kafka out of space and log.retention.hours

Hi guys,

We are using Kafka druid indexing and just upgraded our Kafka broker to And we found Kafka logs are out of disk space. We found log.retention.hours=168, so we can change log.retention.hours=24 to solve out of space problem. We have several questions:

  1. This retention is calculated after druid consumed or just the Kafka logs are created.

  2. Druid may consume Kafka offset multiple times to achieve exactly once. How to make sure that certain Kafka offsets are consumed and published to historic node before Kafka delete these offsets (log.retention period)

  3. We see this on https://kafka.apache.org/documentation#upgrade_10_1_breaking:

Potential breaking changes in
The log retention time is no longer based on last modified time of the log segments. Instead it will be based on the largest timestamp of the messages in a log segment.
Will it affect Kafka indexing service for indexing old data (couple months delayed data)? What does "Largest timestamp of the messages " mean? Is it created by Kafka itself or the timestamp inside our own data schema? If it is our timestamp, our old data will be deleted immediately?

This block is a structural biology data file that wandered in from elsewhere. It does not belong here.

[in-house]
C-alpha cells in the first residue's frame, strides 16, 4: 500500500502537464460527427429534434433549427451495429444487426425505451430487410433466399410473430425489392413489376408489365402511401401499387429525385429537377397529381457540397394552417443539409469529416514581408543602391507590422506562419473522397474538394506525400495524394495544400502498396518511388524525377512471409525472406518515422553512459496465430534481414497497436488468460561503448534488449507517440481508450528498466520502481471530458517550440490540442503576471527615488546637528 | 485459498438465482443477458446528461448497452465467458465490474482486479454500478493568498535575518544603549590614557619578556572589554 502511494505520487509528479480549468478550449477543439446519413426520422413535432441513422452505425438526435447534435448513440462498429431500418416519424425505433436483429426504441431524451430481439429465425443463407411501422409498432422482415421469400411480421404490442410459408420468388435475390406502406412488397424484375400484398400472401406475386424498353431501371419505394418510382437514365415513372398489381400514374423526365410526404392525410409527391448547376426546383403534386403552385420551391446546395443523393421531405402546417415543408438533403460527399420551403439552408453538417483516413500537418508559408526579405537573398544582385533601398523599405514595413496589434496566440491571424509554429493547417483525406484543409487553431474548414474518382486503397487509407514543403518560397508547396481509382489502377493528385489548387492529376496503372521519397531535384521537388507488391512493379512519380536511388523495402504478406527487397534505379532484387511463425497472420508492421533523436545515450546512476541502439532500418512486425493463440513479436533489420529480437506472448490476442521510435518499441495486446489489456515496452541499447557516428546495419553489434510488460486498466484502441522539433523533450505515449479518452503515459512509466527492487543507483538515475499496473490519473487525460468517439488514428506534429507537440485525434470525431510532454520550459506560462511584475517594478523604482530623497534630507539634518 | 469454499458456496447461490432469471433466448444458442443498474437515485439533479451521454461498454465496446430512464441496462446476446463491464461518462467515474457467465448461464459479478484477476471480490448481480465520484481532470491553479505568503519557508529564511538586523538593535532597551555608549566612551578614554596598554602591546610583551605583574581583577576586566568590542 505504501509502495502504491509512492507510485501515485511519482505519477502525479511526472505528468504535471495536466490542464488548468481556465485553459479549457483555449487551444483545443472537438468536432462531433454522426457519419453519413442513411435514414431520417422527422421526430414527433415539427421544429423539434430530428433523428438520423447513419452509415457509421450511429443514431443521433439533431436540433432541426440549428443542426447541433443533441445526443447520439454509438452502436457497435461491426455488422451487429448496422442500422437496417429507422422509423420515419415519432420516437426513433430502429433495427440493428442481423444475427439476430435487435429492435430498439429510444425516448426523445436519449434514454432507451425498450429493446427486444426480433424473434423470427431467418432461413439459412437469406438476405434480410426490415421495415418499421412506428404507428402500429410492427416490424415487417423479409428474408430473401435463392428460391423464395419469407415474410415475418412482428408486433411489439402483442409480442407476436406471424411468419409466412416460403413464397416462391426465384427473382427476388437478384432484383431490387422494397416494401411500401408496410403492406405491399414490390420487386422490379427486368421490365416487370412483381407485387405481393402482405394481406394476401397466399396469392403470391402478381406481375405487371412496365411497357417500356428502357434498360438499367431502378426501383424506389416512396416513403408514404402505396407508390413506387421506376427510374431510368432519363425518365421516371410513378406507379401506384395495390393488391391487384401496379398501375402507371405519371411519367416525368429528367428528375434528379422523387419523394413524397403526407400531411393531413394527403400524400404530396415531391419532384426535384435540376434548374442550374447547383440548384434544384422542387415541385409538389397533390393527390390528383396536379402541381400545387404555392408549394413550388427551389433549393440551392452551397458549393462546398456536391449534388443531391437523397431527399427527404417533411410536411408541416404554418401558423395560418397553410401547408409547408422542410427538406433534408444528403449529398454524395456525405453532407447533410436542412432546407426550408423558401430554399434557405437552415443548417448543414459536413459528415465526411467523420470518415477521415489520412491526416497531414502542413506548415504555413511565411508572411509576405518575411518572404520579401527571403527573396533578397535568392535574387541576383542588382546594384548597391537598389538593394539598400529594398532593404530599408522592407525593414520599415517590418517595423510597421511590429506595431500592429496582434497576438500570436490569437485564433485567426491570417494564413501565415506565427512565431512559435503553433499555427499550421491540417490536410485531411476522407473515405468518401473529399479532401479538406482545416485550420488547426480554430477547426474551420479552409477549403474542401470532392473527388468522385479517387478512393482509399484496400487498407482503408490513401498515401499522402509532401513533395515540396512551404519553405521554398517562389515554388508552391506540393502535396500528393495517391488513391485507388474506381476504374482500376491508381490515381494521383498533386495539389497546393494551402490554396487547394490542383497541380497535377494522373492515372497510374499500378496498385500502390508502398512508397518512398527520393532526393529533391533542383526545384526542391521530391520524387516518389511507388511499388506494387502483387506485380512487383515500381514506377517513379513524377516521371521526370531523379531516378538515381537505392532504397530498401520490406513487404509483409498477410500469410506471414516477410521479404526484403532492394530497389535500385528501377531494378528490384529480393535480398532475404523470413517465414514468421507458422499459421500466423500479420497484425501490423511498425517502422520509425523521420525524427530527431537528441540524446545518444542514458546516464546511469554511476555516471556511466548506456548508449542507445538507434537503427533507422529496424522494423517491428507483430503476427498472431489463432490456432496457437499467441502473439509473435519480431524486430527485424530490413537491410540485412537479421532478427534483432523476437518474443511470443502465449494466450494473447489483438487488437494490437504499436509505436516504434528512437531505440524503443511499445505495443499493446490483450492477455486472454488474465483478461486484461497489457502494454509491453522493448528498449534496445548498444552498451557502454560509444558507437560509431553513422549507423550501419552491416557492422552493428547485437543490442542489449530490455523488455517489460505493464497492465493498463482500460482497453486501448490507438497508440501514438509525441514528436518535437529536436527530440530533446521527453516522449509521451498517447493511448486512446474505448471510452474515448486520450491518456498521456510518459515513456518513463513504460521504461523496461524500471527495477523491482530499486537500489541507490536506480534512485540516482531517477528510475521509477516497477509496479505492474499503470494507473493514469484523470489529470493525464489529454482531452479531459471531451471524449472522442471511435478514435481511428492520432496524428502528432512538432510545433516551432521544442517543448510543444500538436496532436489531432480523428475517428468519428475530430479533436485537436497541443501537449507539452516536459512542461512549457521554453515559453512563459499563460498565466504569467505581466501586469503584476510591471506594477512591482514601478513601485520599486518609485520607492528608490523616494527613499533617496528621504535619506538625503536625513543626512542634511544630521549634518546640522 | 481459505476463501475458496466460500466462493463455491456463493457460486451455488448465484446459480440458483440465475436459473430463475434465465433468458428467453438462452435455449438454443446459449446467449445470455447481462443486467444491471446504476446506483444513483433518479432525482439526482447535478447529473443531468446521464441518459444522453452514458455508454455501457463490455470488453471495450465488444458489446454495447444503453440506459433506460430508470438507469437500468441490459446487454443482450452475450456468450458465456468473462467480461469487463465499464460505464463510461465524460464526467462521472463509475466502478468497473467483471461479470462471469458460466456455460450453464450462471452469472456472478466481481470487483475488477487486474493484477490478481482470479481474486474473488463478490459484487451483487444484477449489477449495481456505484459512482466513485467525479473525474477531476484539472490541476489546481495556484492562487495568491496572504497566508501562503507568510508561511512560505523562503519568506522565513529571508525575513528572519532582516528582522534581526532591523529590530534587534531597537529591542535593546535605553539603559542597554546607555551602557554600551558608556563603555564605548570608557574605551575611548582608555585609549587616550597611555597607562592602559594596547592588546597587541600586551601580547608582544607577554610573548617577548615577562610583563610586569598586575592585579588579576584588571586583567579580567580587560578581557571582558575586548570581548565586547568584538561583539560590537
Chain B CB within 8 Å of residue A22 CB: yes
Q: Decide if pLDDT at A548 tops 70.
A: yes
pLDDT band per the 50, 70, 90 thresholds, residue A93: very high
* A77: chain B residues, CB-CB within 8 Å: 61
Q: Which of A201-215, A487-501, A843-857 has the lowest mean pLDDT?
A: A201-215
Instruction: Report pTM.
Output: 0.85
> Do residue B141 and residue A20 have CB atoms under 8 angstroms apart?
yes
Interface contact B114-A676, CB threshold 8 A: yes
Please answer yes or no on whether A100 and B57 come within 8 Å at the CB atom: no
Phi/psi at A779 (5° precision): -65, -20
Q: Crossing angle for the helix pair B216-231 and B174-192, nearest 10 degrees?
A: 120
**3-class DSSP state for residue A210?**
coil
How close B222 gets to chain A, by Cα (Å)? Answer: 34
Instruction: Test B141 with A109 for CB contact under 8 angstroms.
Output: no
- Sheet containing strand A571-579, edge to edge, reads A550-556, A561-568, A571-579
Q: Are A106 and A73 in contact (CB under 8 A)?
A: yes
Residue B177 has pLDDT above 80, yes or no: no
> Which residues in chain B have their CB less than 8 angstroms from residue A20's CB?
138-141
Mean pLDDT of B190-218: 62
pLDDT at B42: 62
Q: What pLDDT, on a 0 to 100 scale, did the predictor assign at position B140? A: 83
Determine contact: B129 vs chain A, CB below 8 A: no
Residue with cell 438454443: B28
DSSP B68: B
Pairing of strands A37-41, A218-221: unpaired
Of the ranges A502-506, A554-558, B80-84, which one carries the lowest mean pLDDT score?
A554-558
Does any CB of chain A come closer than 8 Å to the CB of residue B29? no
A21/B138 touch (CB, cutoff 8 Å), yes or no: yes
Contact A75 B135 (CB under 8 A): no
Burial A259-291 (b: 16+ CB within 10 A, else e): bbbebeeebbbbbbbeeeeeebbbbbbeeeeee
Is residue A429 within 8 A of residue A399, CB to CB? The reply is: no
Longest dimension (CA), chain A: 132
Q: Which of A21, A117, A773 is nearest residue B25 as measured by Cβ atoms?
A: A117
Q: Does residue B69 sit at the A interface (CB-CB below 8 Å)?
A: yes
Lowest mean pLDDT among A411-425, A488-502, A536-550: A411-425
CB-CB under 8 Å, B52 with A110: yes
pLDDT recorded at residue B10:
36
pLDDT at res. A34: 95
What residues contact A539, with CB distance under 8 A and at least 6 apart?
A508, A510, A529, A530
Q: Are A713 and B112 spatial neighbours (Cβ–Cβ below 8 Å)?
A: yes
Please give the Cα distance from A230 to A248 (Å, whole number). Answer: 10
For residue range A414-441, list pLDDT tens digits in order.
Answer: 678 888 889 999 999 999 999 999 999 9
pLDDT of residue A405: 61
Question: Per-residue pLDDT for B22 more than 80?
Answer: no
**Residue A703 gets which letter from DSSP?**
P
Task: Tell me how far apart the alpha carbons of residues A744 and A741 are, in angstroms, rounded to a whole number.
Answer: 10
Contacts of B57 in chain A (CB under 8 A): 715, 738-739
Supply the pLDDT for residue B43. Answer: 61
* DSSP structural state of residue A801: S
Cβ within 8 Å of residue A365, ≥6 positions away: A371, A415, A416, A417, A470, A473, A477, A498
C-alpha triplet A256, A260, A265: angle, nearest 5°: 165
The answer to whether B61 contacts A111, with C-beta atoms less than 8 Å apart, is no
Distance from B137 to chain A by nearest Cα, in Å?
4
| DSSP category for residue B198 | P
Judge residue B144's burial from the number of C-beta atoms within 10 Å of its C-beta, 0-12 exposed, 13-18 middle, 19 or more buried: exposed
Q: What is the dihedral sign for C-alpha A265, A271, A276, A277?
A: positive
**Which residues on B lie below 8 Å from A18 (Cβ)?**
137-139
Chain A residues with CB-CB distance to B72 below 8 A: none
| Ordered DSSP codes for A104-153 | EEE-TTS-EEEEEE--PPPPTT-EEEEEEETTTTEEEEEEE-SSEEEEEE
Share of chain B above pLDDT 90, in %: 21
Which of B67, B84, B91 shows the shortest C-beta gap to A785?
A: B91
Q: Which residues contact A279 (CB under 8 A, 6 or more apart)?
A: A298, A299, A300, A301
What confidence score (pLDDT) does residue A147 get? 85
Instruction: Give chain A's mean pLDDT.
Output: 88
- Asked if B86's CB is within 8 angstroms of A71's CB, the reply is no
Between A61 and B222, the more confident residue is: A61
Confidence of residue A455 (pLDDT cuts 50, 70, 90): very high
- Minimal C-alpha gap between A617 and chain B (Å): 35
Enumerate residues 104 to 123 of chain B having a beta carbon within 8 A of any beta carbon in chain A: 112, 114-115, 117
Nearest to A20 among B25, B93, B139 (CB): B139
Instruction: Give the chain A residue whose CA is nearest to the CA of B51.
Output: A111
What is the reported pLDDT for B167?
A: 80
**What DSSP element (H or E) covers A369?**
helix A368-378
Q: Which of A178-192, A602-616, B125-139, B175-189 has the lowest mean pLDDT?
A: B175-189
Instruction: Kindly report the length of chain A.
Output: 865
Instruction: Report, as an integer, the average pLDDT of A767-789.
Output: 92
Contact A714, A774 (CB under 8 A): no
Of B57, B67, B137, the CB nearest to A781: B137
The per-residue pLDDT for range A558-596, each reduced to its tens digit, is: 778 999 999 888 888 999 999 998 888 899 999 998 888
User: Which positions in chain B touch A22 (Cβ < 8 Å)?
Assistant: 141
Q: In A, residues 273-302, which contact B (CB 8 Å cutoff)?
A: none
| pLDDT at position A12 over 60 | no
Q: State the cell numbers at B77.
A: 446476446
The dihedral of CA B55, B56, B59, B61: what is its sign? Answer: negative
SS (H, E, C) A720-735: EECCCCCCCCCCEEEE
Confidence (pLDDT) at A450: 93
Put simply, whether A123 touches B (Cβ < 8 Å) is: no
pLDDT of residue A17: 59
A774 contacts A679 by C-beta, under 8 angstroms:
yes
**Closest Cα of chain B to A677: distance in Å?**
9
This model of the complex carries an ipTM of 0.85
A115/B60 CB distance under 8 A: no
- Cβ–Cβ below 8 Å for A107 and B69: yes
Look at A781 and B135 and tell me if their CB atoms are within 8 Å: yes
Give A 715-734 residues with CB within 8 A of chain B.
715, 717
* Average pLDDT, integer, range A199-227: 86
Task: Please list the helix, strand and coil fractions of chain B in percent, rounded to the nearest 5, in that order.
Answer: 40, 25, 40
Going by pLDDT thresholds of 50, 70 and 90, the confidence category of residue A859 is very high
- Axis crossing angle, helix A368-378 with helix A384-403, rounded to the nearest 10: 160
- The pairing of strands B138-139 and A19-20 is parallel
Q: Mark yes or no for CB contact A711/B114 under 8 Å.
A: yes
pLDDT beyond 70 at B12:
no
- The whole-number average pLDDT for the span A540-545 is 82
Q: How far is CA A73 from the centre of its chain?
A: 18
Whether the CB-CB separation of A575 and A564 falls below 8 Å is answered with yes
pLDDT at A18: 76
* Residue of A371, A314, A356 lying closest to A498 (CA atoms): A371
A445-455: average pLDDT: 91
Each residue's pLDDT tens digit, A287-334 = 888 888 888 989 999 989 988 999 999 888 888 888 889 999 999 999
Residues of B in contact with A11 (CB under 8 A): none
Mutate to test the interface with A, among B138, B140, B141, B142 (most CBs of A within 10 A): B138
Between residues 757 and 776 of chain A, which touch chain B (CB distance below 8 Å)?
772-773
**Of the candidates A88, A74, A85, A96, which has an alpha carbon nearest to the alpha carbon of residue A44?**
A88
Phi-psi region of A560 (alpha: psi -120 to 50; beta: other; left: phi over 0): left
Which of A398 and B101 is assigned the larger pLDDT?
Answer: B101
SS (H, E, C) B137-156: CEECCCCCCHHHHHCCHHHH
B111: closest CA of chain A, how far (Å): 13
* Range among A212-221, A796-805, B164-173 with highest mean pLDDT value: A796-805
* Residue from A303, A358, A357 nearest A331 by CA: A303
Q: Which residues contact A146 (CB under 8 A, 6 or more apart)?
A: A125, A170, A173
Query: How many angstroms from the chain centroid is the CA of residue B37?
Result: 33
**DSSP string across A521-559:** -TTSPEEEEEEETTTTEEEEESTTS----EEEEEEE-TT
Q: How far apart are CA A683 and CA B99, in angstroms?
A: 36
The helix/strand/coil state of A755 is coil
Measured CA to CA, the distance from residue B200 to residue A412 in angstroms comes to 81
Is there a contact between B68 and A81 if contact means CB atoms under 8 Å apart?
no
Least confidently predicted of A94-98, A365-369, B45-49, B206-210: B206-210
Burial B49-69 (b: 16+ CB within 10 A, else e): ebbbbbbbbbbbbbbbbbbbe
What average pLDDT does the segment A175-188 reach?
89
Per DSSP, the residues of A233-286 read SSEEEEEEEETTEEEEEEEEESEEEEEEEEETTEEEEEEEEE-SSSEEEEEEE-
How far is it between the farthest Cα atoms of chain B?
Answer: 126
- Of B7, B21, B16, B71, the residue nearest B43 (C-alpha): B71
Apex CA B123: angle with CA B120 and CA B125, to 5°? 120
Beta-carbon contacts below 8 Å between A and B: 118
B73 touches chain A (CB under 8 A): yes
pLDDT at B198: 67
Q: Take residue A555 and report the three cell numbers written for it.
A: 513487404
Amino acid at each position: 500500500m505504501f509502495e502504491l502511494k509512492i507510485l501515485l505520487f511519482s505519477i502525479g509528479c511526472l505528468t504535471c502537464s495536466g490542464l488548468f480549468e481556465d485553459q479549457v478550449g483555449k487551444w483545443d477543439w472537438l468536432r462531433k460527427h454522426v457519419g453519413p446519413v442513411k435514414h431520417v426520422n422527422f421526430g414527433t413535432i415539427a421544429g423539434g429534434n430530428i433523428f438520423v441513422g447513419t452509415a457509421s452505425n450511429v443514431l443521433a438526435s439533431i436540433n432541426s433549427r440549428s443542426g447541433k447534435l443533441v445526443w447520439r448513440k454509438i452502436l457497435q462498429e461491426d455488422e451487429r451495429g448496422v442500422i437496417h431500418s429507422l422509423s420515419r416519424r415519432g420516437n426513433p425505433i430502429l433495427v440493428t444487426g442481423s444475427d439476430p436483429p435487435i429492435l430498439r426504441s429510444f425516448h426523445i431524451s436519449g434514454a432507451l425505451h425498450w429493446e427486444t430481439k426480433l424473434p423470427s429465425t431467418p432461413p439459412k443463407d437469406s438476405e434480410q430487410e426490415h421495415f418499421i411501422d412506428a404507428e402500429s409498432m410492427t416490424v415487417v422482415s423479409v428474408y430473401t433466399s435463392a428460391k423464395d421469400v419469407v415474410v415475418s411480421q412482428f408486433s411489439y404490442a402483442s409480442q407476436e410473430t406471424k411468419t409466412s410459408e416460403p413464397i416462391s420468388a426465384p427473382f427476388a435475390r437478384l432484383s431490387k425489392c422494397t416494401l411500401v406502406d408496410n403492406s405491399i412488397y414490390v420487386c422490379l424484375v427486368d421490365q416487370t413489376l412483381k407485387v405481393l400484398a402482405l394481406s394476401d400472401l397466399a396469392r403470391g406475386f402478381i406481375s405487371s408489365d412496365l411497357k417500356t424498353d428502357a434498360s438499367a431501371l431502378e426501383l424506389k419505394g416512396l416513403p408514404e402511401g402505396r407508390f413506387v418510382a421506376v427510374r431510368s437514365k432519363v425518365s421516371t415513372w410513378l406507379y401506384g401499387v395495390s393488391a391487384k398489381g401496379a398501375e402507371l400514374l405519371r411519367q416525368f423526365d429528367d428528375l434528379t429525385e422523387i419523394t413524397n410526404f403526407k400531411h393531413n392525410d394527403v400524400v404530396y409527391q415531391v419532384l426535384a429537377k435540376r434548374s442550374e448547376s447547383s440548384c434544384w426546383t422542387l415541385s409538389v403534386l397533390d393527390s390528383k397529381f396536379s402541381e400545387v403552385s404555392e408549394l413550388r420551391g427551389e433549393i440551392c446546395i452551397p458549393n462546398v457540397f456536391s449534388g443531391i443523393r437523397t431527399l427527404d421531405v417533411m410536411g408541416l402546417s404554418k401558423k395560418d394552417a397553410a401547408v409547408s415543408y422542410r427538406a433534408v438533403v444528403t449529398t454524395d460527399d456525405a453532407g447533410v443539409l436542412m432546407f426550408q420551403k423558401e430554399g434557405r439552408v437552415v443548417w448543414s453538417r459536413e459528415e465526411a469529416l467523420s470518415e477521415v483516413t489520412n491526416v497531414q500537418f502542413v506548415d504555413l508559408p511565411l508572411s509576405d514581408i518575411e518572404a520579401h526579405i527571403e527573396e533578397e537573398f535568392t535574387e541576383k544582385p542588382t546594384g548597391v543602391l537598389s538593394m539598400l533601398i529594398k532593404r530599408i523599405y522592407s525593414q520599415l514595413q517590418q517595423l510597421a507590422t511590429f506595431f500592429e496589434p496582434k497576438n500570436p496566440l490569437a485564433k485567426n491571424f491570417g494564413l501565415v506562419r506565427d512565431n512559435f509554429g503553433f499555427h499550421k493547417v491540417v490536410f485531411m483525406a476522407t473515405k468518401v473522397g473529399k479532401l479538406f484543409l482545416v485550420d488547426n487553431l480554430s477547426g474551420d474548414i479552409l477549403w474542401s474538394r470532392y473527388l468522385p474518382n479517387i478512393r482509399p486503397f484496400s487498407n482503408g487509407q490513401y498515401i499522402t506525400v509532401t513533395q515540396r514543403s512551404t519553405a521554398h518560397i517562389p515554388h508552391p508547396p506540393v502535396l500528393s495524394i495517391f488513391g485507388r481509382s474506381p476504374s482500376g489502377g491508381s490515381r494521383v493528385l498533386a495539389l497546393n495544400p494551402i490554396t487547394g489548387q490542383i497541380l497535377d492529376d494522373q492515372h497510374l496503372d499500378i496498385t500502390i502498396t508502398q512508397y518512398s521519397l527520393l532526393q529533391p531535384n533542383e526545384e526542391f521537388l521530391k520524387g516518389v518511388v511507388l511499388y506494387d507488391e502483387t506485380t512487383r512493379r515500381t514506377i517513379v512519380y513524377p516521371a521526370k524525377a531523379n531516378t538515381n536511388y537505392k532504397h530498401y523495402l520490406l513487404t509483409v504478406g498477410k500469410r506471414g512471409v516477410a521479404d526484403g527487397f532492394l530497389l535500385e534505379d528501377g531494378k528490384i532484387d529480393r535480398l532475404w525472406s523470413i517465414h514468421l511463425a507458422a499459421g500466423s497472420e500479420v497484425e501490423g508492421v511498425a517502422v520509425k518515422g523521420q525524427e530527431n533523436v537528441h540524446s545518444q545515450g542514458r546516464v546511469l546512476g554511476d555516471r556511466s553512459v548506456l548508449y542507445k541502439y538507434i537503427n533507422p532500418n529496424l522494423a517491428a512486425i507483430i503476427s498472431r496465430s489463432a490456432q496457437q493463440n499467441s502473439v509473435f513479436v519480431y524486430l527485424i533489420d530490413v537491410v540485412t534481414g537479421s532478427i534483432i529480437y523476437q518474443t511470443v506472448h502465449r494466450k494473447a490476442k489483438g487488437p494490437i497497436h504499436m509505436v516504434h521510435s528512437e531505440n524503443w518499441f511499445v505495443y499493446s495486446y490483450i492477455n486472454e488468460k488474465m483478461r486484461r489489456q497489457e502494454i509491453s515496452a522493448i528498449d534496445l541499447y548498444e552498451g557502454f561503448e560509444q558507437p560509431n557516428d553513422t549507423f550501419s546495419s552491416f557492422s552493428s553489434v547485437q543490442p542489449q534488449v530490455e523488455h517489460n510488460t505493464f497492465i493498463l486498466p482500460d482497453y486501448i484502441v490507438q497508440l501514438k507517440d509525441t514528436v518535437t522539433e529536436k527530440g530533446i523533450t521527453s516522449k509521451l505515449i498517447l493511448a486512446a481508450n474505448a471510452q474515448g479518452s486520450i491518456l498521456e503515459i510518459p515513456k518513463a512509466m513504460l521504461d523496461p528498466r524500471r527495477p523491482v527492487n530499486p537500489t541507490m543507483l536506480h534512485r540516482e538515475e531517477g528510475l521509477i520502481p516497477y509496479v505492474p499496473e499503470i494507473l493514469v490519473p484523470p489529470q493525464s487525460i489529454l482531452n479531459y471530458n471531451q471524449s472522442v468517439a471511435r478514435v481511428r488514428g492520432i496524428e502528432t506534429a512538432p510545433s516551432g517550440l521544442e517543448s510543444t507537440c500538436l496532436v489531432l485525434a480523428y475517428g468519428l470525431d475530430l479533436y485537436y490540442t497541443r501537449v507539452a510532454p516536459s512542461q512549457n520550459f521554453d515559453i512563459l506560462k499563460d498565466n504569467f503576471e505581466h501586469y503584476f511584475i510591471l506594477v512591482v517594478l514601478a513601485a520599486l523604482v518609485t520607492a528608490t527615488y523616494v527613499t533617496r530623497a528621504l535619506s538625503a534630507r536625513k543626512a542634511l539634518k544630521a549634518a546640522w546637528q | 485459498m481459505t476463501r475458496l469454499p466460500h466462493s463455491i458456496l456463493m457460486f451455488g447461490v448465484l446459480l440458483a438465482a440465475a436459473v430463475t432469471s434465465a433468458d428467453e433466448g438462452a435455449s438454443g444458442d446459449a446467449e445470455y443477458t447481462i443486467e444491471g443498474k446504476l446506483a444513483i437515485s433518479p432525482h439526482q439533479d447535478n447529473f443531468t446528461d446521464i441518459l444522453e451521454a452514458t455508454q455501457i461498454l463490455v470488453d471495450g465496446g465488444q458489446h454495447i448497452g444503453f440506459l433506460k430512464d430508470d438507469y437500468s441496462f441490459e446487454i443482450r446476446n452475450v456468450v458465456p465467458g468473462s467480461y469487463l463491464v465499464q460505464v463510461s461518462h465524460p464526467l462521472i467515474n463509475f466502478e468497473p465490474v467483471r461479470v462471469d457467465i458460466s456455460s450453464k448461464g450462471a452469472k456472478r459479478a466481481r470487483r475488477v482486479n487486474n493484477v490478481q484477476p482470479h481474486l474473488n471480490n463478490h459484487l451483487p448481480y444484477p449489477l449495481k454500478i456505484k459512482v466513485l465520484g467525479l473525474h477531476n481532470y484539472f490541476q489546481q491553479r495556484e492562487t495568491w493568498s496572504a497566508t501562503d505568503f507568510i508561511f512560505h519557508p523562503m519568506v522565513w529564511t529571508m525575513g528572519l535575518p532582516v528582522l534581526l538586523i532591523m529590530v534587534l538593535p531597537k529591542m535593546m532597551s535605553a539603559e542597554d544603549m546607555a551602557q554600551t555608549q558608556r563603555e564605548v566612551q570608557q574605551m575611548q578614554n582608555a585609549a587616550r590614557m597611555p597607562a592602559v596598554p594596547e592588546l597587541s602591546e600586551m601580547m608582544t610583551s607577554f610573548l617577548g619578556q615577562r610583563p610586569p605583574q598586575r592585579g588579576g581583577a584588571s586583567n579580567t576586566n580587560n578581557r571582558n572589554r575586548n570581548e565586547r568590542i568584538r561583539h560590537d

Best wishes.

By Linbo

Hi Linbo,

The first thing to keep in mind is that Druid has no special connection to Kafka - it is just another Kafka consumer. Hence, if the data is no longer available in Kafka because the retention period has elapsed, Druid is out of luck and will not be able to request those events. Hence, you’ll want to make sure your log.retention.hours is long enough to allow Druid to retry a reasonable amount of times in case of failures while indexing. To answer your specific questions:

  1. The retention is based on the Kafka log creation time (i.e. the logs will be evicted regardless if there is a consumer reading from them or not)

  2. As far as I know, Kafka does not support ‘retaining messages until they have been consumed’. You might be able to write a monitoring process that periodically checks what offset has been committed to Druid (by checking the stored offsets in the druid.dataSource table) and somehow determine which offsets are going to be evicted soon from Kafka and then do something with this information. I’m not sure what this something is.

  3. That is Kafka’s internal timestamp and has nothing to do with Druid timestamps. This will not cause you to lose data that has already been indexing into Druid.

Hi David,

Your reply is quite useful. Thank you very much.